Posted on 30 Jun 2011
The ensuing surge in premium rates as a result of a succession of natural disasters this year and large losses for insurers reinsurers is attracting new investors who are looking to turn calamity into opportunity.
Earthquakes, tornadoes and floods have combined to deplete capital levels across the insurance industry, costing as much as $50 billion so far in 2011, by some estimates. In a bid to recover losses, insurers raised policy rates not just in disaster-hit regions like Japan and New Zealand, but across all major catastrophe zones, including hurricane-prone southern states in the U.S.
Higher insurance rates mean potentially higher profit margins. And increased margins are tempting hedge funds, private-equity firms and even institutional investors, who have begun specialist underwriting businesses ready to write policies for the U.S. hurricane season.
"There has been an observable change in investor interest in property catastrophe insurance and reinsurance," said David Flandro, global business intelligence head at insurance broker Guy Carpenter.
"So far this year, $2 billion of new capital has entered the sector," he said.
From June to November every year, hurricanes develop in the Atlantic, and pass through the Gulf of Mexico, providing those who insure homes in the region with a regular stream of repeat business.
Gambling on the behavior of the weather can be risky. For example, Hurricane Katrina, which devastated New Orleans in 2005, was strong, but not the strongest hurricane to blow through the area that year. It was, however, by far the most destructive and expensive, eclipsing the Sept. 11, 2001, terrorist attacks as the most costly insured event in U.S. history, costing $55 billion.
Last year, 12 hurricanes swept through the Atlantic basin, but few caused serious damage and most ran out of steam over the U.S. East Coast. This year, forecasters from the U.S. government's National Hurricane Center are predicting as many as 10—still well above the long-term average of four.
And while forecasters claim to predict hurricane numbers, they can't predict how many will cause damage.
Wary of the risks, the outside investors have teamed up with experienced underwriters from established insurance companies to create new finance vehicles known as "sidecars." The sidecar structure aims to provide a safe way for investors to enter the catastrophe-insurance market even if they have no experience in the area.
In a sidecar, premiums are written by experienced underwriters from established insurance brands, which means the risks are well-priced. In return for their expertise the underwriters usually receive a cut of the profit.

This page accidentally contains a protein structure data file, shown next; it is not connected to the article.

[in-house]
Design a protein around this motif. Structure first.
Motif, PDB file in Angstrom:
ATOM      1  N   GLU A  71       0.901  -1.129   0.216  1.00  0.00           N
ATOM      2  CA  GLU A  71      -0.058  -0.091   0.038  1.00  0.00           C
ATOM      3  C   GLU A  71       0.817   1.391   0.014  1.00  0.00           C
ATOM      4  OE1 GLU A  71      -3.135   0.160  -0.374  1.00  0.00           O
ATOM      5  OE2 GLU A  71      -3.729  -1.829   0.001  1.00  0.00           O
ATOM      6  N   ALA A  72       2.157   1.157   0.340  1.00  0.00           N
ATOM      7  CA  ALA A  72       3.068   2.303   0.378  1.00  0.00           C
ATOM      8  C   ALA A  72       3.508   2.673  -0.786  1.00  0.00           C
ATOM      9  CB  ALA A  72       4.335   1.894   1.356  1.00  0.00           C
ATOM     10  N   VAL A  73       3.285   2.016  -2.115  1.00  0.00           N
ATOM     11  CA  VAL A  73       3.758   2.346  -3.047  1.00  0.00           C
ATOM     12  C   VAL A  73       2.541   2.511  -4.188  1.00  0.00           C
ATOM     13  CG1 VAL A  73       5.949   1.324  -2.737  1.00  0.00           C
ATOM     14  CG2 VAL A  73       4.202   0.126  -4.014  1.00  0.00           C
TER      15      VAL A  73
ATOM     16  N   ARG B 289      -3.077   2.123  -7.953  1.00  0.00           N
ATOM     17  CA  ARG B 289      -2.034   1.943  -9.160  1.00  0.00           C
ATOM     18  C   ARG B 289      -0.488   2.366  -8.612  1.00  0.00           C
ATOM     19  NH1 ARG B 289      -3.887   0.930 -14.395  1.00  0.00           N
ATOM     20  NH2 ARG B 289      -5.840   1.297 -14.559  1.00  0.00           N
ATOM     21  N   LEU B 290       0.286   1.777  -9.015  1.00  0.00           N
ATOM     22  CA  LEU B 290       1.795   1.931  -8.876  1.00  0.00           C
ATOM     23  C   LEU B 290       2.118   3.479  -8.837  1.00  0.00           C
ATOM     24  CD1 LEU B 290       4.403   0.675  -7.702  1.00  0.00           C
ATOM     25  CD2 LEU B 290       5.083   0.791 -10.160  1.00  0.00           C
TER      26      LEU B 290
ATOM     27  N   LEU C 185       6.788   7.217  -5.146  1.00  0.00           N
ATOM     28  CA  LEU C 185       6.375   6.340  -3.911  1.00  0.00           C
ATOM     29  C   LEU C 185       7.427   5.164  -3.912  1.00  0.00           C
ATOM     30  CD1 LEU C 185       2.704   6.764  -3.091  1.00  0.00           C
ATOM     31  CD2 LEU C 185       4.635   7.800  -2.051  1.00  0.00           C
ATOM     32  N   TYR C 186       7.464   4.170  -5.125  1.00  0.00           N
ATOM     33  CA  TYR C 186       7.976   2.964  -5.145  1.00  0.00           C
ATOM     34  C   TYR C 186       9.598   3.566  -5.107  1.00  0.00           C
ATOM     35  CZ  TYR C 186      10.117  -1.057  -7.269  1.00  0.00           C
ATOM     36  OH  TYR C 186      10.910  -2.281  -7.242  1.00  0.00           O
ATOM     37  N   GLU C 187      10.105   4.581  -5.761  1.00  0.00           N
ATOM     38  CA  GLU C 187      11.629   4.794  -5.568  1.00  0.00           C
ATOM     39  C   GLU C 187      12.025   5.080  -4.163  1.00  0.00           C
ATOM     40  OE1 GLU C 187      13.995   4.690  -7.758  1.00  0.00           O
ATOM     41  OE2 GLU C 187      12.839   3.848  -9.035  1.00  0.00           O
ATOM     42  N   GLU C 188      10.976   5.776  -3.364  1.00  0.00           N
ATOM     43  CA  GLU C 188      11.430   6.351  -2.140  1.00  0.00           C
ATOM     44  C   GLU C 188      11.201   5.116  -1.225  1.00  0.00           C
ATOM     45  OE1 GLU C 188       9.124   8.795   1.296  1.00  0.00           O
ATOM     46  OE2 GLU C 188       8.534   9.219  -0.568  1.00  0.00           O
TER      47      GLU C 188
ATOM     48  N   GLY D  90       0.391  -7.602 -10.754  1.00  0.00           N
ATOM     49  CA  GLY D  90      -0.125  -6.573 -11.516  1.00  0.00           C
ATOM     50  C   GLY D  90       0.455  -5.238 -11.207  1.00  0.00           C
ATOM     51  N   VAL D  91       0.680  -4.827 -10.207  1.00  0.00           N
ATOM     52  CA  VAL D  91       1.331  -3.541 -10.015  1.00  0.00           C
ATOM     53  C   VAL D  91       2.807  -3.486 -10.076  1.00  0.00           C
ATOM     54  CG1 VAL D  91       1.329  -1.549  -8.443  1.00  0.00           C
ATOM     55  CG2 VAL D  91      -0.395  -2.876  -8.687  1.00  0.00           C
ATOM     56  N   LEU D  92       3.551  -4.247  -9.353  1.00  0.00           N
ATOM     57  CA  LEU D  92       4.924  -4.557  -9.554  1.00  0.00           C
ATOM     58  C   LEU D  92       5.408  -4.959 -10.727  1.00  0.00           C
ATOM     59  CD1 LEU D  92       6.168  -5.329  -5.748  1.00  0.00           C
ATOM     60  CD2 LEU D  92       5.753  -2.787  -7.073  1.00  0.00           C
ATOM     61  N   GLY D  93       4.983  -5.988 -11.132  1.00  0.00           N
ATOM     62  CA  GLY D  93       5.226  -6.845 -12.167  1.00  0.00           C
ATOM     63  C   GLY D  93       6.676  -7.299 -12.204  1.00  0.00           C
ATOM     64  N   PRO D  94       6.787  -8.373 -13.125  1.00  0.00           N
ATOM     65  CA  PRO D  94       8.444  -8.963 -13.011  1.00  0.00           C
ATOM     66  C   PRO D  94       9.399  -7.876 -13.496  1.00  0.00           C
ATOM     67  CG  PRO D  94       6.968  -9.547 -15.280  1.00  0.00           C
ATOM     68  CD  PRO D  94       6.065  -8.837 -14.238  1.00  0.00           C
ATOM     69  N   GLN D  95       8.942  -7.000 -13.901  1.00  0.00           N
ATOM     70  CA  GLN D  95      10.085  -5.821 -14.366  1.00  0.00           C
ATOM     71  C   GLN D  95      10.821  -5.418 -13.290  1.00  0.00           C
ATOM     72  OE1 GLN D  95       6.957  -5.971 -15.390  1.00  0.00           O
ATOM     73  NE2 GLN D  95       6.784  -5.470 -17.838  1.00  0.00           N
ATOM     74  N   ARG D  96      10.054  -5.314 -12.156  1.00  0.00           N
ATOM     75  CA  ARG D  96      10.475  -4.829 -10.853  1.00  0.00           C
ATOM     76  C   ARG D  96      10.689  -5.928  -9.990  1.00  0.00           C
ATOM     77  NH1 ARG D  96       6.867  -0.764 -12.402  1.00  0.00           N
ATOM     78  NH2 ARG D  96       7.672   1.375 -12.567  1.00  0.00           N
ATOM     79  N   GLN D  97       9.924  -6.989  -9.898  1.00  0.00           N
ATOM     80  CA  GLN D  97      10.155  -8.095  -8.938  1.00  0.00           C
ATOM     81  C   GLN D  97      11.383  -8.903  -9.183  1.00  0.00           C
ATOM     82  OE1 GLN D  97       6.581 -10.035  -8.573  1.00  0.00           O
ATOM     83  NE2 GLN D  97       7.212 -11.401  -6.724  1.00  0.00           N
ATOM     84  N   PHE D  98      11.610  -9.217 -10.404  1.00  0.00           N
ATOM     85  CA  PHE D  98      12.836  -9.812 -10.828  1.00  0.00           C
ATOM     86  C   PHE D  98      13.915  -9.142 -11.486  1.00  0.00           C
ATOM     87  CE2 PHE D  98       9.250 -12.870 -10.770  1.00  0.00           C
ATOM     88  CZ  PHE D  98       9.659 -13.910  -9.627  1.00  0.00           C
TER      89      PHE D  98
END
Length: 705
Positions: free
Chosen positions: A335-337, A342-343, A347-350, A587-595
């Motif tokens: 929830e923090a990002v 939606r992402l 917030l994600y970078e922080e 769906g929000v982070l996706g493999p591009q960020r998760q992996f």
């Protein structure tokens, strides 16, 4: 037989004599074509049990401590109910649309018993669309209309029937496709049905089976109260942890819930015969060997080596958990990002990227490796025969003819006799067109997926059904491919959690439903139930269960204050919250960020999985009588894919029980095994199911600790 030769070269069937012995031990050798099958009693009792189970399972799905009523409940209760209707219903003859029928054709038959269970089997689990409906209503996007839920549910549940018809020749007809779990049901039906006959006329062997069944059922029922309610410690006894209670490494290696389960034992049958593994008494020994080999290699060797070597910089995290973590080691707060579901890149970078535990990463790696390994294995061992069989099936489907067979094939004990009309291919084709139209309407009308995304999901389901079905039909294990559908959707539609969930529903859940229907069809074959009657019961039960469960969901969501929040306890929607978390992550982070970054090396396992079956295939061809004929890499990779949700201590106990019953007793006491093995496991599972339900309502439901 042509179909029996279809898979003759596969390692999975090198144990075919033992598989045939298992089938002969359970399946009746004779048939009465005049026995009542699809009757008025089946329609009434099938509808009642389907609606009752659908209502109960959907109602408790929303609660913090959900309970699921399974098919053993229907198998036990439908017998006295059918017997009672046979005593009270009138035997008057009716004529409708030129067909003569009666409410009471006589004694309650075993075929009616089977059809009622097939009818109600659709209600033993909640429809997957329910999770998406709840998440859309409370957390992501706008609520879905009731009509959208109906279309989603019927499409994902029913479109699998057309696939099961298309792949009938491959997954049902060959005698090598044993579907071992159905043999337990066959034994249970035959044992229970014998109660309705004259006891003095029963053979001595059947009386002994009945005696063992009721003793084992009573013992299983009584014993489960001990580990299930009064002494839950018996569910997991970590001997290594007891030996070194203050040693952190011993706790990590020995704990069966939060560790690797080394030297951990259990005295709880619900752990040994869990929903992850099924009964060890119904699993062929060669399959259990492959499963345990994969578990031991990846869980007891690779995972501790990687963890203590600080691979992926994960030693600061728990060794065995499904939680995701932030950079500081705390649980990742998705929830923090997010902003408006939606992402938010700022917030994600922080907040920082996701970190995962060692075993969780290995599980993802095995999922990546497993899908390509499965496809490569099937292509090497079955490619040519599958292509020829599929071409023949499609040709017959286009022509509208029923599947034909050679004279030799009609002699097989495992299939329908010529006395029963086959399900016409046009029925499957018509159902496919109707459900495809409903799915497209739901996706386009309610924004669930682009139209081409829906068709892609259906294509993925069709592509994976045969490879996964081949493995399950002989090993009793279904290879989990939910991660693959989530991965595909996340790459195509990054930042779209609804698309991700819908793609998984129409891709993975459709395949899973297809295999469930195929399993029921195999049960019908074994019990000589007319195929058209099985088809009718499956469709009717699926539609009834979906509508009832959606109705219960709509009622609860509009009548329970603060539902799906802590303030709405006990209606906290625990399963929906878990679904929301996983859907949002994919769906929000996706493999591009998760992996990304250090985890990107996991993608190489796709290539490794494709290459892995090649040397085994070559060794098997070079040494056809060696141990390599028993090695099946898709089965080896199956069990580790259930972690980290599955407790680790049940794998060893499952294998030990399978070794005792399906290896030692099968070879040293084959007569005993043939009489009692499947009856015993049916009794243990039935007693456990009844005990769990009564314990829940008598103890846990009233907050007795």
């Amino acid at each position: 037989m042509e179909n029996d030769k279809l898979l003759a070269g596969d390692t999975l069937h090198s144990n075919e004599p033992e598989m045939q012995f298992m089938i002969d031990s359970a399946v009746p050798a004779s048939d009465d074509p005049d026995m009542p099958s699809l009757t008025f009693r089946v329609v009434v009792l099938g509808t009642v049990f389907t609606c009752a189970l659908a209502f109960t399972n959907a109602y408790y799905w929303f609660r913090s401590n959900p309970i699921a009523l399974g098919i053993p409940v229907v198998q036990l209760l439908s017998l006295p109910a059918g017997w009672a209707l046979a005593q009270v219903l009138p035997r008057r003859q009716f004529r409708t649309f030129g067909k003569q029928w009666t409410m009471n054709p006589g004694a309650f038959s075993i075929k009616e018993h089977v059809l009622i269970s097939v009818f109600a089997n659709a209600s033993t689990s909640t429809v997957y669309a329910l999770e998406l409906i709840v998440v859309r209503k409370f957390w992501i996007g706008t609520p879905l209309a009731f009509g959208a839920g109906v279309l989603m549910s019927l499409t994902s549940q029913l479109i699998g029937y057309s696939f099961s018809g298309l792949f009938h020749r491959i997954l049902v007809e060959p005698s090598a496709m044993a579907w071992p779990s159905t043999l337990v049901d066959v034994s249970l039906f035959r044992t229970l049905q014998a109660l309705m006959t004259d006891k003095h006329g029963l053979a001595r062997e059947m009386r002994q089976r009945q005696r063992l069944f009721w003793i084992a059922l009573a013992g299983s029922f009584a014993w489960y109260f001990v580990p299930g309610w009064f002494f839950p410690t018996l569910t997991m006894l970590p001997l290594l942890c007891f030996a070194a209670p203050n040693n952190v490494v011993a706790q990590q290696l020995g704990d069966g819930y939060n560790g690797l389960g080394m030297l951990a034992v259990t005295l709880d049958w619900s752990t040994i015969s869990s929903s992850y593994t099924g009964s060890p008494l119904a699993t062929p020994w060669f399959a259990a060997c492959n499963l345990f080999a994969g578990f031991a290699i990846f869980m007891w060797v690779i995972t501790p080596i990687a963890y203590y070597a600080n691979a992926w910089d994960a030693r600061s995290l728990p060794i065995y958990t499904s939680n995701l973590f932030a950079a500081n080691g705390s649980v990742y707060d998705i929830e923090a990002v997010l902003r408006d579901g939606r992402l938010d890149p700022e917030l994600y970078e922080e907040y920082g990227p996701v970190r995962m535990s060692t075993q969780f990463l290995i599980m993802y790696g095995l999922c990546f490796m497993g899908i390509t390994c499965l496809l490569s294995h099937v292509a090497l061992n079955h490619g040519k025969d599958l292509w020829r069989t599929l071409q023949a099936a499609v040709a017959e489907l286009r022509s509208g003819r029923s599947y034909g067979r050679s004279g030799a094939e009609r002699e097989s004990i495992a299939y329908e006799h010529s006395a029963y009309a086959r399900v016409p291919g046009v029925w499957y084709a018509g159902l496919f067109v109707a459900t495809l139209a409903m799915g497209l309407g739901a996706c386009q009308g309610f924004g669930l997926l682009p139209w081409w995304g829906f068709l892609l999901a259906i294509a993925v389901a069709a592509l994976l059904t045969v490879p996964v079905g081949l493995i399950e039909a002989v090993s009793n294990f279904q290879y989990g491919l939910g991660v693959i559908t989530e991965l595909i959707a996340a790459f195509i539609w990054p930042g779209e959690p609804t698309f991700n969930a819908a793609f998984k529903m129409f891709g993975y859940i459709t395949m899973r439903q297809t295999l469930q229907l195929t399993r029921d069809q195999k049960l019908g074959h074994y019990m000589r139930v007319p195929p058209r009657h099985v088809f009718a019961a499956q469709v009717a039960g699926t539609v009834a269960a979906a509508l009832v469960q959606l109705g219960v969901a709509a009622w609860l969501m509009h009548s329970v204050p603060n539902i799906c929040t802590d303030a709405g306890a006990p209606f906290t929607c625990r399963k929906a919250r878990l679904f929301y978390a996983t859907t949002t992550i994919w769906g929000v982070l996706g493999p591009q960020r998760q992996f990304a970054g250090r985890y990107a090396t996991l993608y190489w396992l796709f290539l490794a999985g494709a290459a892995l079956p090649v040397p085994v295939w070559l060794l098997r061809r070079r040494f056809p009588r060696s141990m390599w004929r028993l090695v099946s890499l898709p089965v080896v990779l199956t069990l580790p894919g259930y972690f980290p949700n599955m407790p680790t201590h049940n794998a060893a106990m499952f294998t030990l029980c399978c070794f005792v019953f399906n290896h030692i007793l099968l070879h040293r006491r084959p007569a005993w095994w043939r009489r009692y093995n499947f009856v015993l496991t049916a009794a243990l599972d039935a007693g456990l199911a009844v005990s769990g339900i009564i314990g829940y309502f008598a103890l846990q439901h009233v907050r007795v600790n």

Sidecars tend to focus on insuring the risks of other insurers, a market known as reinsurance. Retrocessional insurance, which underwrites the risks of reinsurers in a third level of cover, is also popular with sidecars. These forms of insurance provide the industry with extra protection in case losses mount too high.
The first sidecars were set up following 9/11, but it was not until after Hurricane Katrina that their popularity truly grew, when an estimated $34 billion in new capital flowed into the insurance market, around 13% of which came through sidecars.
Over the past few months a flurry of sidecars have been set up to take advantage of current premium rates for catastrophe insurance. London insurer Lancashire Holdings Ltd., announced the launch of Accordion Reinsurance Ltd. in May, backed by up to $250 million. Bermuda reinsurer Validus Holdings Ltd. announced a $180 million sidecar on June 1. In April, Bermuda reinsurer Alterra Capital Holdings Ltd. announced the creation of a $100 million sidecar New Point IV together with private-equity firm Stone Point Capital.
Outside of sidecars, investors have also shown interest in the insurance market via traditional equity investments. In May CatCo Reinsurance Opportunities Fund Ltd., a small London reinsurer, raised $124.4 million through an equity fund raising to take advantage of a "significant increase in premium rates."
Fellow reinsurers Beazley PLC and Amlin PLC have also indicated their readiness to pounce on any sharp rise in catastrophe insurance. Beazley's underwriting committee chairman Neil Maidment said a hurricane in the Gulf of Mexico may give rates another shove upward.
"Further loss activity will likely accelerate the rate changes we are seeing in the second quarter, which may lead to an increase in investor interest," said Maidment.
Rates have already increased by as much as 10% in some cases, according to broker Guy Carpenter. In May, reinsurance giant Munich Re said it expected price increases but didn't say by how much. Also in May, London insurer Hiscox estimated such increases could be in the order of 10% when it reported to the London stock market.
But another increase in insurance rates could attract what some describe as "silly capital"—investors keen to cash in on rising rates, but lacking the experience to price the underlying risks properly. Too much of this sort of capital can damp rate increases, as newcomers attempt to undercut established insurers, which in turn stops the industry from quickly recapitalizing.